Second, there are issues of comparison level. That is, people may assess their levels of competitiveness in relation to what they believe to be the norm, which in this case are the norms set up by our manipulation. That is, people who may usually consider themselves only slightly competitive may instead rate themselves as highly competitive when they compare themselves to the norm set up during their trial of being ‘relaxed and comfortable’. Conversely, those who are actually more competitive may instead rate themselves as less competitive when they compare themselves to the norm set up in our manipulation by asking them to ‘do their best due to provide a comparison with the out-group’.
In sum, we are more inclined to take seriously the behavioural data which indicate that our social competition manipulation was effective, that it motivated people to expend more effort in the competitive conditions, and that this was expressed in faster responses on all trials. Nonetheless, we would repeat our original caveat: these claims clearly need to be read in the context of our discrepant questionnaire findings.
One other qualification should be borne in mind. This study was conducted on an all-female sample, which makes generalized conclusions speculative. This, however, was planned to avoid the effects that gender has on categorisation. From a young age people spontaneously use gender to categorise social partners as in-group or out-group to themselves . More specifically, gender differences can interact with and confound categorisation , , especially categorisation based on such minimal conditions as dot estimation. What is more, most of the classic studies using minimal groups have used males , , ,  and as such indicate that minimal group divisions have a robust effect on the other gender. There is no reason to expect that there would be gender differences in the specific effects we have examined in this study. Nonetheless, future studies may consider using wider and more diverse samples of participants.
There is some controversy regarding the nature of the representations involved in the Joint Simon Task. A handful of studies have shown Social Simon Effects dependent upon spatial arrangement ,  and/or on timing or rhythm ,  with these researchers concluding that the partner in a joint Simon Task is merely used as a spatial reference point. While this ‘referential coding’ interpretation of the Social Simon Effect is possible, it does conflict with other evidence showing (a) that the Social Simon Effect occurs even when partners are imagined humans and therefore not present in the space next to a participant  and (b) that there is no Social Simon Effect when participants do the task alone but with an inactive person sitting next to and providing a spatial reference . However, even if, for the sake of argument, we assume the referential coding interpretation of the Simon Effect to be true, and assume that people do code their partner as a mere spatial reference during the task, then, if anything, it would render the present results more striking. This would suggest that out-group members do not even warrant use as a spatial referent. In other words, we can overlook the very existence in space of an out-group member sitting right beside us. Whether or not one accepts this, and whatever position one takes concerning the level on which the other is represented, the bottom line is that these results suggest that people fail to represent out-group members as socially relevant co-actors.
We conclude with three brief comments on the wider significance of our findings. First, it is important to note that people are not consciously aware of responding differently to in-group and out-group members. When debriefed at the end of the experiment, every participant reported that during the experiment they had not considered the fact that their co-actor was in the same or a different group, and that they had all responded to the best of their ability, seemingly unaware and regardless of the condition they were in. This is not to say that they were unaware of which group they and their partner were in. Instead, they were unaware of how group membership impacted their thoughts and actions. This clearly renders the effect more pervasive and harder to control.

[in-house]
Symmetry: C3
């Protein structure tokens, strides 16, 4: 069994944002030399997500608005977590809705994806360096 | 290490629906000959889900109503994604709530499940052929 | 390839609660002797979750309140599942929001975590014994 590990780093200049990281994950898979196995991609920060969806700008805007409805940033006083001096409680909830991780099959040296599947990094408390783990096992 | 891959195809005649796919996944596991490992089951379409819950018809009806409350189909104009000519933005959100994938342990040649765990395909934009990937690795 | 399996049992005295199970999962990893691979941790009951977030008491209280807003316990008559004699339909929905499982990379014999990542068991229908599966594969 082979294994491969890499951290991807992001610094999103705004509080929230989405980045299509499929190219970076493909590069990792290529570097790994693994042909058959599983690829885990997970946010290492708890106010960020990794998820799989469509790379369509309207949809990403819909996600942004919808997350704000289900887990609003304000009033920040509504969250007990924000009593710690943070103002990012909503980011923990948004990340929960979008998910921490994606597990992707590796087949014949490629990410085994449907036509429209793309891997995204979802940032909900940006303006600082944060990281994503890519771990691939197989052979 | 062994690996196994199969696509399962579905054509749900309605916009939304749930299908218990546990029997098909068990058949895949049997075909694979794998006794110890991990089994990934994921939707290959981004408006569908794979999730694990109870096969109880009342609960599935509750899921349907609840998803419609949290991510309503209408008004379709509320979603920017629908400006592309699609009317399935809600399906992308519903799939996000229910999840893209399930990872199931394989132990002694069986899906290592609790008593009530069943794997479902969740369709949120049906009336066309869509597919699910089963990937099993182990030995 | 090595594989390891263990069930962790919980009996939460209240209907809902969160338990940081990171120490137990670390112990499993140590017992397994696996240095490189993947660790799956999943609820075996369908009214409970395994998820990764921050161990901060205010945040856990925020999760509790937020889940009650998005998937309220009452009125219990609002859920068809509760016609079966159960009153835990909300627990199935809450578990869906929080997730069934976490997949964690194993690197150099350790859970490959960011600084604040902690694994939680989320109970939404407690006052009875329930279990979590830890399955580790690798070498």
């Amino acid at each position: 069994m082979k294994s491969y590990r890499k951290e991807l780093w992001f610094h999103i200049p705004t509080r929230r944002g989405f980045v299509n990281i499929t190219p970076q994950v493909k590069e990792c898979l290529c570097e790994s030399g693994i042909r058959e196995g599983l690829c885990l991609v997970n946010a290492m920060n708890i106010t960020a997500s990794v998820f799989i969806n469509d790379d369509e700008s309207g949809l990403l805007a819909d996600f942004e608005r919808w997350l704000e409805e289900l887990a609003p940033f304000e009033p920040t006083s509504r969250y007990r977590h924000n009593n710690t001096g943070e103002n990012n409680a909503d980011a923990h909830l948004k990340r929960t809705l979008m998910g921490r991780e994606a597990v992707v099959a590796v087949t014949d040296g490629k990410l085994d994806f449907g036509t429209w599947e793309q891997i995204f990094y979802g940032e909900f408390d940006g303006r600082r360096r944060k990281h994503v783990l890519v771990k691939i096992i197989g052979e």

Second, the results presented here are in line with results from studies using electroencephalographic (EEG) and transcranial magnetic stimulation (TMS) measurements of group-based perception. Gutsell and Inzlicht used EEG measurements to show that participants demonstrate perception-action coupling (activity in the motor cortex from merely observing an action being carried out) only when observing an in-group member perform an action and not when observing an out-group member perform the same action . Using TMS measures Avenanti and colleagues have shown that participants also react empathetically (by showing neural responses to perceived pain) only when watching in-group members in pain and not when observing the same in out-group members . Our results contribute to these demonstrations of the fundamental impact group membership has on cognition by suggesting that it extends also to the spontaneous mental representation of a partner during joint action.
Third, and more speculatively, we would expect such fundamental effects to have consequences for more complex social cognition. For instance, without even representing another person that one is interacting with, it would be difficult to feel what they feel or to view them as having human-like mental states. In other words, the lack of representation of out-group members as shown in this study may form the basis of many behaviours from bias against the out-group to active dehumanization. This may further help us to better understand the categorical limits on our ability to cooperate , or to empathize , .
In conclusion, using a minimal group paradigm – the most stripped down manipulation of social group context – the current study suggests that during social interactions people differentially represent those they have categorized as ‘other’: indeed, they behave as if they were doing the task in isolation. When the other is an out-group member, it seems, we can be psychologically alone even when physically together.
The authors would like to thank David Perrett, Adrian Bangerter, and Klaus Zuberbühler for their helpful comments on previous versions of this manuscript.
Conceived and designed the experiments: JSM IJ SDR. Performed the experiments: JSM. Analyzed the data: JSM IJ. Wrote the paper: JSM IJ SDR.